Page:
How ‘unlimited PTO’ can undermine employee engagement

Too often, such generous policies come with a catch—or five. If your staffers can’t freely flee the workaday world, it’s not much of a vacation, is it? Perhaps a different approach makes sense.

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Unlimited vacation time. Sounds pretty good, doesn’t it?

You get all the time off you want, but what’s the catch?

Of course, the business has to be in good standing—as a collective, the goals are being exceeded, and it’s making money, and, as an individual, you have to exceed your goals.

If those things happen, you can have all the time off that you want.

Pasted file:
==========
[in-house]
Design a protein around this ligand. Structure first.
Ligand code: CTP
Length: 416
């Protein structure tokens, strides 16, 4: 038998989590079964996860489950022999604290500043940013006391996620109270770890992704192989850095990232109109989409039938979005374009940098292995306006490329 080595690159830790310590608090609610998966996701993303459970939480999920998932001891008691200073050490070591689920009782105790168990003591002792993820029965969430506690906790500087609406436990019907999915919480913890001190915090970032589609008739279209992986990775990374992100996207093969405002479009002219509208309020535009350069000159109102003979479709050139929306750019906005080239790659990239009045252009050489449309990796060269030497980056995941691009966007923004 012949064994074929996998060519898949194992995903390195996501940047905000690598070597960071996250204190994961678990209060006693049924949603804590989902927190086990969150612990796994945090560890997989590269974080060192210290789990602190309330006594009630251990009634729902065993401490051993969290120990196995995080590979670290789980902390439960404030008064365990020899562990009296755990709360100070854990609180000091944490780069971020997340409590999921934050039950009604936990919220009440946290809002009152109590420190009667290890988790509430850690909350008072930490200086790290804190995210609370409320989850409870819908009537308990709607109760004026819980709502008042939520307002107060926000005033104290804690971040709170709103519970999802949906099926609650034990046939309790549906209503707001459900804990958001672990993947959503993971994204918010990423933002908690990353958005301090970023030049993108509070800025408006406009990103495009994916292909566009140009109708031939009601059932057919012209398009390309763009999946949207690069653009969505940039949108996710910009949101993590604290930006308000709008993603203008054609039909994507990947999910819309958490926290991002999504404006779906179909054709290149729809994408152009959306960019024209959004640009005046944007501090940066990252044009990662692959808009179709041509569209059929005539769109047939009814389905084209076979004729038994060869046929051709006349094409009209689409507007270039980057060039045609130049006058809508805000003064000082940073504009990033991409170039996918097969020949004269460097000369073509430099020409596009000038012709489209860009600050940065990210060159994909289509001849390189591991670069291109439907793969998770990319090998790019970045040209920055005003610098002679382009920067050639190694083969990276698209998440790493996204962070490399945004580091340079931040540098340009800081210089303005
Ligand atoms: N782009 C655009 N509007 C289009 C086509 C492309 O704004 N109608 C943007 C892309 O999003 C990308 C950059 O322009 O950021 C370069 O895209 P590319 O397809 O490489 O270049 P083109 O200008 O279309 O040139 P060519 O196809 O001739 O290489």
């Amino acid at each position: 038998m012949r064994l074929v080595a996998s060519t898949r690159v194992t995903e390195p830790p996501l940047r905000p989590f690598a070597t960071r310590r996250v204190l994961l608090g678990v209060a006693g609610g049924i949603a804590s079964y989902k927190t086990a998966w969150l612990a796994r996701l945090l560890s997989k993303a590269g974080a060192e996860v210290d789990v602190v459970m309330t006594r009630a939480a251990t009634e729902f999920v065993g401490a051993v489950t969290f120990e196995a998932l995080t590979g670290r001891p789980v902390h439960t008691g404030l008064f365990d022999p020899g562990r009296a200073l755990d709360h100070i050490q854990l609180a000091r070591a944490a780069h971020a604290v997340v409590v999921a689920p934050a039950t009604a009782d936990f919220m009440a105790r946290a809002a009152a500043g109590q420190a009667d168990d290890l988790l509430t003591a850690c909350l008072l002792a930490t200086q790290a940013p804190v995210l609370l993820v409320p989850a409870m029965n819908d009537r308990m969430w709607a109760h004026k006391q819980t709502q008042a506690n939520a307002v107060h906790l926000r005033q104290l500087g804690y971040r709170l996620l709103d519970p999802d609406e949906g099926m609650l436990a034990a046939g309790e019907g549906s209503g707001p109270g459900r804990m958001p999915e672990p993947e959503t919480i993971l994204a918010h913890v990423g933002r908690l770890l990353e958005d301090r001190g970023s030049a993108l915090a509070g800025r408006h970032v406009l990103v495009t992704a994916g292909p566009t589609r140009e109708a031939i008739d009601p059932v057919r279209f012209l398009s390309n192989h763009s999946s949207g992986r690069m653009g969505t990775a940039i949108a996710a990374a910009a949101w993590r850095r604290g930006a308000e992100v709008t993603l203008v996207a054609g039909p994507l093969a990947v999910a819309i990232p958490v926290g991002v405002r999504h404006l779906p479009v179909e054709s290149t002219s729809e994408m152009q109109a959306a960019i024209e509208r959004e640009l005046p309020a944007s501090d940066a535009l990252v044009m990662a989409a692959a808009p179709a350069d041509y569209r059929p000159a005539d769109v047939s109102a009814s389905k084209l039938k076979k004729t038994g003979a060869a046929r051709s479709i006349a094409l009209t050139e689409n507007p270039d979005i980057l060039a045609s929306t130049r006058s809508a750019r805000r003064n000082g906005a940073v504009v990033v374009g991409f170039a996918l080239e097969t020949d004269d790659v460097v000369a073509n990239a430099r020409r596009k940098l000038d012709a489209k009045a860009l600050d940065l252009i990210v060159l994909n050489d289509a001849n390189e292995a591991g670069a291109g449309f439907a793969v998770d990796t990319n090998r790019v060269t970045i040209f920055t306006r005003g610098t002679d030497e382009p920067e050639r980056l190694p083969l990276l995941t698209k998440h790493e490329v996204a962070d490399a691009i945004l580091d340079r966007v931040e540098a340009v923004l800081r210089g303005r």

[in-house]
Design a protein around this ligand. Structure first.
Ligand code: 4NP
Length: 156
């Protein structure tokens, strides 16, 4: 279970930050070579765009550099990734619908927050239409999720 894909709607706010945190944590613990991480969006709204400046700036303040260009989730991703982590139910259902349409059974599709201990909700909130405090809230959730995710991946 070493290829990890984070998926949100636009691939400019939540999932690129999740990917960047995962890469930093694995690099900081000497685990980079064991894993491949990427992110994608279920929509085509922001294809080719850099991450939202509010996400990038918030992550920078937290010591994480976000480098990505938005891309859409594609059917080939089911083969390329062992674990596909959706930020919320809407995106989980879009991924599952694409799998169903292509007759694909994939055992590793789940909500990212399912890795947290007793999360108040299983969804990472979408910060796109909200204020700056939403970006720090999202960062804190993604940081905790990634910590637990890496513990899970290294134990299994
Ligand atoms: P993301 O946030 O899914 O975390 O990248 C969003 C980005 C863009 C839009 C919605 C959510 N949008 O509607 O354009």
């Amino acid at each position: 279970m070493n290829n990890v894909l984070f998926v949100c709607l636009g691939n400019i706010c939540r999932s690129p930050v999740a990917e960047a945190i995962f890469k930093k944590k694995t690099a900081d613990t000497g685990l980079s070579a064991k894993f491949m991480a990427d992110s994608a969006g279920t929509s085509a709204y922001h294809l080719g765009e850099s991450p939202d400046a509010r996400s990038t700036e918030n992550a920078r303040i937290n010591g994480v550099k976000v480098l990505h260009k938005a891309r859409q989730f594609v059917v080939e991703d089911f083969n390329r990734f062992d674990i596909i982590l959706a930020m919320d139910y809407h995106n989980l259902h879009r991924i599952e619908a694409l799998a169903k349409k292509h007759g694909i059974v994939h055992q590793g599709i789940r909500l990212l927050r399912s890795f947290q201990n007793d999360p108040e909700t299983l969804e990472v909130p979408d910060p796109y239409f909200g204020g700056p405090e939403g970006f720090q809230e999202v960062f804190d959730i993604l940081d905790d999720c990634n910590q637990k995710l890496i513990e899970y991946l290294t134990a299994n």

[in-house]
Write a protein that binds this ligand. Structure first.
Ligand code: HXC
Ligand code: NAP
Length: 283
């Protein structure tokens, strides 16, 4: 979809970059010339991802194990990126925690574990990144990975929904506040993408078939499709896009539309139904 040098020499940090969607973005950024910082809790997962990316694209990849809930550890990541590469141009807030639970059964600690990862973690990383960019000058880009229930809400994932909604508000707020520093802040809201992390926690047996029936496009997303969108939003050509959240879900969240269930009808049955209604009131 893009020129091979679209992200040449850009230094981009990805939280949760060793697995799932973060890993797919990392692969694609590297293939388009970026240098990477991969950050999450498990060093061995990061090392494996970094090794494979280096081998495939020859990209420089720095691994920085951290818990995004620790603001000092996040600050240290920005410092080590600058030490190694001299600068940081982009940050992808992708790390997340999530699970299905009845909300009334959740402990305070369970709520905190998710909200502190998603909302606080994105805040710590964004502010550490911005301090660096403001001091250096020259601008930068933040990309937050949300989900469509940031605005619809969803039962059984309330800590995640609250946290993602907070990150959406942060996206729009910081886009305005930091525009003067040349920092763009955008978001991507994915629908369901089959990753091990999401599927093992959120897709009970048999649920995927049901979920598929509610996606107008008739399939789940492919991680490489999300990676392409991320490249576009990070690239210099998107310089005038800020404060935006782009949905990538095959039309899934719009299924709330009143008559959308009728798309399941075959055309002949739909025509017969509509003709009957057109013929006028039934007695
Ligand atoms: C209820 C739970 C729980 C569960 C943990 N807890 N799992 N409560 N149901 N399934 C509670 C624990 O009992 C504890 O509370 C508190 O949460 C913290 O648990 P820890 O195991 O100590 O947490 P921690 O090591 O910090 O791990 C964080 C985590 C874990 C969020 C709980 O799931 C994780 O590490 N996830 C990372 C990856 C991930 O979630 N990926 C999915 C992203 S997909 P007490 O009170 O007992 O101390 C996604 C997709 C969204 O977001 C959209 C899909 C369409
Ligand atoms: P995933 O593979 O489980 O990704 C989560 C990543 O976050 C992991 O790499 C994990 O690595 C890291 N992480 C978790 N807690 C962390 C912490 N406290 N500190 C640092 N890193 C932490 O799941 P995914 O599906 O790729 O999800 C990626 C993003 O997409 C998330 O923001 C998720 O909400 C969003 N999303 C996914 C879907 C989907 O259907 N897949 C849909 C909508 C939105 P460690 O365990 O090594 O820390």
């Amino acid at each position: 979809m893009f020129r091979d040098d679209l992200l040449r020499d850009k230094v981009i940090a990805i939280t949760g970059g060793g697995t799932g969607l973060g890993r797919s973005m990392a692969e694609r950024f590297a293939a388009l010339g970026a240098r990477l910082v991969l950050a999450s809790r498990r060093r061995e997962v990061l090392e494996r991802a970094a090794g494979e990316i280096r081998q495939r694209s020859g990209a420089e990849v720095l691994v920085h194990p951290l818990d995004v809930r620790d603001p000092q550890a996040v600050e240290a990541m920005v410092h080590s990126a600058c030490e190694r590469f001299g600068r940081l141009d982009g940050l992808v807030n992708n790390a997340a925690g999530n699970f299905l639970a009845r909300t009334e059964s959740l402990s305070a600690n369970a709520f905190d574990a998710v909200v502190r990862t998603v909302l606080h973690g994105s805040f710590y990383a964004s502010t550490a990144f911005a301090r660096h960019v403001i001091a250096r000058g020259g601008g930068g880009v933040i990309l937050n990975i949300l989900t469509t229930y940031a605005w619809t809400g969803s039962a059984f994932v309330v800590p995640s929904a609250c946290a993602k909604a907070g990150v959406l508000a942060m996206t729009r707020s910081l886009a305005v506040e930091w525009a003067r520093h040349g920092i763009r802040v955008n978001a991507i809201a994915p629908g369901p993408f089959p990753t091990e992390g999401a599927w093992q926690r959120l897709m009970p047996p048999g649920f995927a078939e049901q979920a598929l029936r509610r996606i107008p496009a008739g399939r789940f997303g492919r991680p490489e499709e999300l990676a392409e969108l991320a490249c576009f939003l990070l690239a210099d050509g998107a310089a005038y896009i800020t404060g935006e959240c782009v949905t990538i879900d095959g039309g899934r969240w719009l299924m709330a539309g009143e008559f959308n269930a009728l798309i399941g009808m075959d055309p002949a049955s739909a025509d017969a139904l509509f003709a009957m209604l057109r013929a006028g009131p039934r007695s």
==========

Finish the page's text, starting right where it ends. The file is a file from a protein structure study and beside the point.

It’s a perk many startups use to lure talented performers away from competitors. It’s one we offer.

It turns out, there is an even bigger catch: Unlimited vacation time means you have to work during your holiday(s).

Humans are not robots

We do offer unlimited vacation time—and not with the catch that you have to work while you’re out—but it’s nearly impossible to get people to take vacation time .

Unlimited vacation is horrible; there will always be competition to see who took the least.

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